Life stance has a major impact on medical practice. However, there is an explicit reluctance to approach the issue – God has become an elephant in the room. We need to address it
Photo: Marianne Loraas
Some years ago, I was responsible for a seriously ill boy from a Muslim family. His father at times appeared to be extremely frustrated, and not only because of his son’s illness. A longer conversation with him revealed why: he was unhappy with the hospital’s singularly technological orientation. He felt that we were absurdly secular, even cynical at times, in our attitude to life and death. He sought to find God in the hospital – but all he could find was machines.
His son died after a long period of illness. I later witnessed the subsequent religious ceremony, which was a strong demonstration of collective faith and reconciliation with a cruel fate. Many families appear to be paralysed when the greatest of all tragedies – the death of a child – strikes. The previously frustrated father, however, had strong skills in coping that stemmed from his Islamic life stance.
What can we learn from this story? First and foremost that life stance
has an impact in the context of medicine ( 1, 2). This should come as no surprise. Both doctors and clergy are concerned with questions of life and death, European hospitals have roots reaching back to the monastic orders of medieval times, and – perhaps most importantly – having a life stance is a fundamental characteristic of being human. We seek for meaning and coherence in life, especially in critical life situations ( 2). We may believe in no god, or in one or many gods, but we cannot escape from the phenomenon of faith itself – we cannot escape from the question of God’s existence.
An increasing body of empirical studies confirm the numerous points of contact between life stance, religion and medical science. First, your outlook on life has consequences for your health. Most studies indicate that religious faith/practice has positive effects on both mental and physical health. The underlying mechanisms could be of a psychological (better ability to cope with stress), social (strong networks in religious groups) or behavioural nature (less risky behaviour) (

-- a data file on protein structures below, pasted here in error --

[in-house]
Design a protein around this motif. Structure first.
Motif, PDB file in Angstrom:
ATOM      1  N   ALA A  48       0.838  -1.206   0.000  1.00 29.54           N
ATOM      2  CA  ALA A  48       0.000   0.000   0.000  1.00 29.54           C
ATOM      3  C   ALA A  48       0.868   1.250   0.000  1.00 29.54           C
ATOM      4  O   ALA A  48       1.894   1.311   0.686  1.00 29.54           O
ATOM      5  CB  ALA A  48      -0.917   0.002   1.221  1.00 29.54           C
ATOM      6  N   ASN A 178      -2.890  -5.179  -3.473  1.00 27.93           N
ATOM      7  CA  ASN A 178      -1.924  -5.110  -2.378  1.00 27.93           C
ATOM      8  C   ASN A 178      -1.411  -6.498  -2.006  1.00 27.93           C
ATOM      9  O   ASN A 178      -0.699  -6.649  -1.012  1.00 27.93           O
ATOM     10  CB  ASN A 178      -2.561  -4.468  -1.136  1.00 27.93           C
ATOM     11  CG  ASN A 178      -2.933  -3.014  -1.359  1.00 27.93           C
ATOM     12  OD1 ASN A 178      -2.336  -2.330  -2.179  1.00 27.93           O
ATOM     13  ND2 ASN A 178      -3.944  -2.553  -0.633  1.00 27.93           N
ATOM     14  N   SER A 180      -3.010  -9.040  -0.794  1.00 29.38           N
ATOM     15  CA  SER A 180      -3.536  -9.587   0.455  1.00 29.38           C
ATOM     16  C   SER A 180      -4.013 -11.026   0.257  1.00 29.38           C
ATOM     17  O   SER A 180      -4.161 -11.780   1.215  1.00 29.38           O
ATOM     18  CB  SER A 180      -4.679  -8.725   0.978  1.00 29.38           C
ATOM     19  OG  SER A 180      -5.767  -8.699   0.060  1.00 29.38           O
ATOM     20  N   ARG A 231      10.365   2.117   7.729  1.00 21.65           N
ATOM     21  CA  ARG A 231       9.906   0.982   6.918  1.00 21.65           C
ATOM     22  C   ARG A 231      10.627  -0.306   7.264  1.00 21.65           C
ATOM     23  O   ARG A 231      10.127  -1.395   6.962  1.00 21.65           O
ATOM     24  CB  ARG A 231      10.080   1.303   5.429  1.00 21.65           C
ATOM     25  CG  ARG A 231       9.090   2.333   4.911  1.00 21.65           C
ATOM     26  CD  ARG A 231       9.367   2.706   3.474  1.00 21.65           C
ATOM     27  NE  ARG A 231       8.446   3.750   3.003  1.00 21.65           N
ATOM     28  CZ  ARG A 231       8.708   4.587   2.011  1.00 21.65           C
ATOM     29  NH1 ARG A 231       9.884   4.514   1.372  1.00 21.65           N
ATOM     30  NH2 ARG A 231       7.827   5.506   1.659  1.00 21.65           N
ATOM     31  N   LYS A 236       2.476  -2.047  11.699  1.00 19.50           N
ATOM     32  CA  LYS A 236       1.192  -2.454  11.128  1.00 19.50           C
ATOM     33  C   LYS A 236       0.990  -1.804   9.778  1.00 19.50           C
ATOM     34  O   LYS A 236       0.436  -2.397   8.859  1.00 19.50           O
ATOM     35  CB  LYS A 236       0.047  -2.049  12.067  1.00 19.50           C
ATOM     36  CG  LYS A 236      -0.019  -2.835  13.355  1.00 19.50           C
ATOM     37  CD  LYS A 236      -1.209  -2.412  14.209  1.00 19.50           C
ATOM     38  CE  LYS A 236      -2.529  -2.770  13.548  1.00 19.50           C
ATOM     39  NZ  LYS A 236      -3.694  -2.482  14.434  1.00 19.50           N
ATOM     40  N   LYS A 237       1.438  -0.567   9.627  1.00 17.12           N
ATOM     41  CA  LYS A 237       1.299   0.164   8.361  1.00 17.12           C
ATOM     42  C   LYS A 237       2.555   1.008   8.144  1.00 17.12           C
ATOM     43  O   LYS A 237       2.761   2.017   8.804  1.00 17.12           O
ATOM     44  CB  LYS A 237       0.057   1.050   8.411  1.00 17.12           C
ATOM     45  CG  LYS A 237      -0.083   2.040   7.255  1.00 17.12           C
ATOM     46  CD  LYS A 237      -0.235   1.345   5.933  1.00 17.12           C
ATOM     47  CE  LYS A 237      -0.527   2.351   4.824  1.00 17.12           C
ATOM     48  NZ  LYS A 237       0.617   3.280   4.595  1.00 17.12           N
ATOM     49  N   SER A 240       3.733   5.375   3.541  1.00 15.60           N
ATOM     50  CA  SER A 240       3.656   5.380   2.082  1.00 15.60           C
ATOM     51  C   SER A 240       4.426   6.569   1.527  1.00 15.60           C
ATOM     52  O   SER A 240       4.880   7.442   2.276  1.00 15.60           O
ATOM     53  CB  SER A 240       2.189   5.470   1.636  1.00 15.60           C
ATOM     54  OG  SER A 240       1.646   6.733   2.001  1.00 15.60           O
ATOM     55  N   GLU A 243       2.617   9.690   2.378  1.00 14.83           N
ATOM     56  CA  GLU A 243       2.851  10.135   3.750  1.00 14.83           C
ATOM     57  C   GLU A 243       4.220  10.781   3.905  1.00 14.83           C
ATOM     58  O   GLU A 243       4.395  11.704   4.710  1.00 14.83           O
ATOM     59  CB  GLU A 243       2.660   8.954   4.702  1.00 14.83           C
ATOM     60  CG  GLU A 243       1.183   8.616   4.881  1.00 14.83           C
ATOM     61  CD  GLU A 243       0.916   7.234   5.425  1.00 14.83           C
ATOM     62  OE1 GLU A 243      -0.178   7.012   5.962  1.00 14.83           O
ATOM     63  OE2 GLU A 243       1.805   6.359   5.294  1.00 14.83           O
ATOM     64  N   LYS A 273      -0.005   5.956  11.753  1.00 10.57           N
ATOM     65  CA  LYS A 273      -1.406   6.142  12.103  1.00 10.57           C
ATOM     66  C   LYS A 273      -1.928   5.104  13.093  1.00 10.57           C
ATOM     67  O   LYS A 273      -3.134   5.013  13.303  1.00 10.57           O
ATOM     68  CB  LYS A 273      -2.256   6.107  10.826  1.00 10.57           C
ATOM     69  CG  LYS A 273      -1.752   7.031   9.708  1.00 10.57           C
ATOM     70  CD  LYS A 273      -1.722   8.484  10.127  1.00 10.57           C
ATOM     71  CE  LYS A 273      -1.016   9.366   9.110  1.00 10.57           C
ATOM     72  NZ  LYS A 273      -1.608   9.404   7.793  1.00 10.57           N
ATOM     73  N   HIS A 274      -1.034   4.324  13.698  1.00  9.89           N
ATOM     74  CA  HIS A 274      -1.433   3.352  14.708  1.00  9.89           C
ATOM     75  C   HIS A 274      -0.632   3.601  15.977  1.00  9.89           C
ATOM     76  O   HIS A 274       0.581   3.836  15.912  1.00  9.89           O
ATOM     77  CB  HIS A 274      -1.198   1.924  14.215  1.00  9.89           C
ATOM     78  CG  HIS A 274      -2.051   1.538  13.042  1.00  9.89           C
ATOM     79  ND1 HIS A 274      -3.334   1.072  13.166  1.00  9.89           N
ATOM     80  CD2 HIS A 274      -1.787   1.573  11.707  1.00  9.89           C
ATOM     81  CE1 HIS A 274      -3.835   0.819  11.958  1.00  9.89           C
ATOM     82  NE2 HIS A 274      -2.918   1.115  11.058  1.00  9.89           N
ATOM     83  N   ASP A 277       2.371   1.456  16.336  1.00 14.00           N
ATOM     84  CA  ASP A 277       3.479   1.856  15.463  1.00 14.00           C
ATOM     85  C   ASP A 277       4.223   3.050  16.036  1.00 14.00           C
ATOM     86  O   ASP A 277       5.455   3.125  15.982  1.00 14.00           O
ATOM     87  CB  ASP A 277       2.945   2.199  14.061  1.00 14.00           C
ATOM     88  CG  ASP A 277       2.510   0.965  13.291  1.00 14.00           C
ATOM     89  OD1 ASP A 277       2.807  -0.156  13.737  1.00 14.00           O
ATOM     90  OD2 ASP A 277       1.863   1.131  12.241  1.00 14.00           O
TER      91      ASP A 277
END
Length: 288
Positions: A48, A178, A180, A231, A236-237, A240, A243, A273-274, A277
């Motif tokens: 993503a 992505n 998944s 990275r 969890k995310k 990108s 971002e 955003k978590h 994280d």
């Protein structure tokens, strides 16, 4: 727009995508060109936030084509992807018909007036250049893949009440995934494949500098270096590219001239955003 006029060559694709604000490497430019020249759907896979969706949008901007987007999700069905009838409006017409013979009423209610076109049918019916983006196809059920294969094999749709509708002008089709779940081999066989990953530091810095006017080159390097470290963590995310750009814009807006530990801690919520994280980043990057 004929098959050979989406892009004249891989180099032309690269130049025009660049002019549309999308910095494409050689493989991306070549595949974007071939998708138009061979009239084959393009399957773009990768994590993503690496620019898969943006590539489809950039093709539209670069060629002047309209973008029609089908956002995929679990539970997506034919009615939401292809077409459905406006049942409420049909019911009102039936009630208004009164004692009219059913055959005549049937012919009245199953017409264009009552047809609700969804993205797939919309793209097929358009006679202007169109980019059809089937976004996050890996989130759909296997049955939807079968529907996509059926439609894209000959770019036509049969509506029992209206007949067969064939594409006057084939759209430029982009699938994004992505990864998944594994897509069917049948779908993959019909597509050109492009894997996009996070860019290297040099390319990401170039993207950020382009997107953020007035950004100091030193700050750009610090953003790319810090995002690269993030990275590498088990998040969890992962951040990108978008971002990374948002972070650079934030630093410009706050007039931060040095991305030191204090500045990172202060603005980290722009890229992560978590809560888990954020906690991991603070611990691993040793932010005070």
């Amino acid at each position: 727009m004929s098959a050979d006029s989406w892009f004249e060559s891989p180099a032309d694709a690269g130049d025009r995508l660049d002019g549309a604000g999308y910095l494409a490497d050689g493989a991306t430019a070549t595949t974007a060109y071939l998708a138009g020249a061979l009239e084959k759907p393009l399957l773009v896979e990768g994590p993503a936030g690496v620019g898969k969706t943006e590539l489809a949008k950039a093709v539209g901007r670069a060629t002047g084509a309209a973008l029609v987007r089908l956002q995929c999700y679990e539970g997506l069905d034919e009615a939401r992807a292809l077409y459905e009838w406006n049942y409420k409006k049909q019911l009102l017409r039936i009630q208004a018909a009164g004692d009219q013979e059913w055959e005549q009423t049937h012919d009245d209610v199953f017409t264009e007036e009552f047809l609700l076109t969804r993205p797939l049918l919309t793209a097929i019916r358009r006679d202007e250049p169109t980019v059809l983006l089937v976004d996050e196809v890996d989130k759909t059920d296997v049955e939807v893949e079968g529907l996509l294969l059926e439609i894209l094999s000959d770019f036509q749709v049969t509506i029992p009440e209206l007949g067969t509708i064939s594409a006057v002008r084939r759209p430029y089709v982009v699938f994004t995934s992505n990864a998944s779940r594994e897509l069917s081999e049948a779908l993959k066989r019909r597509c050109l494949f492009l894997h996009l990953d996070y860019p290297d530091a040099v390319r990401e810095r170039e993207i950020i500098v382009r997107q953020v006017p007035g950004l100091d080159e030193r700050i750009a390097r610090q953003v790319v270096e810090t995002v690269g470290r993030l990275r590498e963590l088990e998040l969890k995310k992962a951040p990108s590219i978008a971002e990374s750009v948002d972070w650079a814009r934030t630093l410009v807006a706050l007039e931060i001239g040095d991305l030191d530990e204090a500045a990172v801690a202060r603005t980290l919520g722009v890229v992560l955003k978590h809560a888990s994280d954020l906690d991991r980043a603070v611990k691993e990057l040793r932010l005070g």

3). A recent study documented a positive correlation between self-assessed religiosity/spirituality, thickness of certain areas of the cerebral cortex and resistance to depression ( 4). At the same time, certain religious convictions may have strongly negative health effects, such as when certain sects encourage parents of sick children to prioritise «spiritual» rather than biomedical treatment ( 5).
Second, your life stance will have an impact on key value choices. The opinions of terminal cancer patients regarding life-prolonging treatment at the end of life are strongly associated with their attitudes to religious questions (
6, 7). The same applies to parents of seriously ill neonates ( 8). Moreover, this applies in equal measure to doctors – what we believe in may have an effect on important aspects of our clinical practice ( 7, 9). Our collegial discussions on abortion, conscientious objection, euthanasia and circumcision are obvious examples, although our less transparent value choices, such as decisions regarding treatment of very elderly patients, may be equally important.
Third, our life stance is associated with certain neurobiological phenomena. For example, spiritual experiences in Carmelite nuns produce a specific activation pattern in their brains, detectable in a functional MR scan (
10), and there is an association between certain EEG characteristics and whether someone perceives religion/spirituality as personally important ( 11). In other words, there appears to be a specific correlation between religious faith and the function of the brain ( 12).
Despite this documentation, we as a profession are strangely dumbfounded when confronted with issues of life stance. There is a widespread reluctance to approach this issue, in relation to patients as well as colleagues. God has become an elephant in the room; on the ward as well as in the morning meeting room. Most doctors find it easier to speak with patients about their sex lives than about their prayer life. This situation has complex historical causes. Ever since the Enlightenment era, the development of medical practice has been characterised by an emphasis on its purely scientific and technical aspects, while life stance – and Protestant Christianity in particular – has been seen as a purely personal matter (
3). However, not identifying the elephant is unprofessional, especially in a society which is increasingly characterised by heterogeneity in terms of life stance.
Internationally there is an increasing awareness of the correlation between life stance and medical practice (
2). Many American universities provide their medical students with comprehensive theoretical and practical training in how life stance issues can and should be addressed in the doctor-patient relationship ( 13). It is time for us to catch up. For a start, we could challenge each other to identify the elephant in the room. This alone could have helped the frustrated father of my Muslim patient. Happy Easter!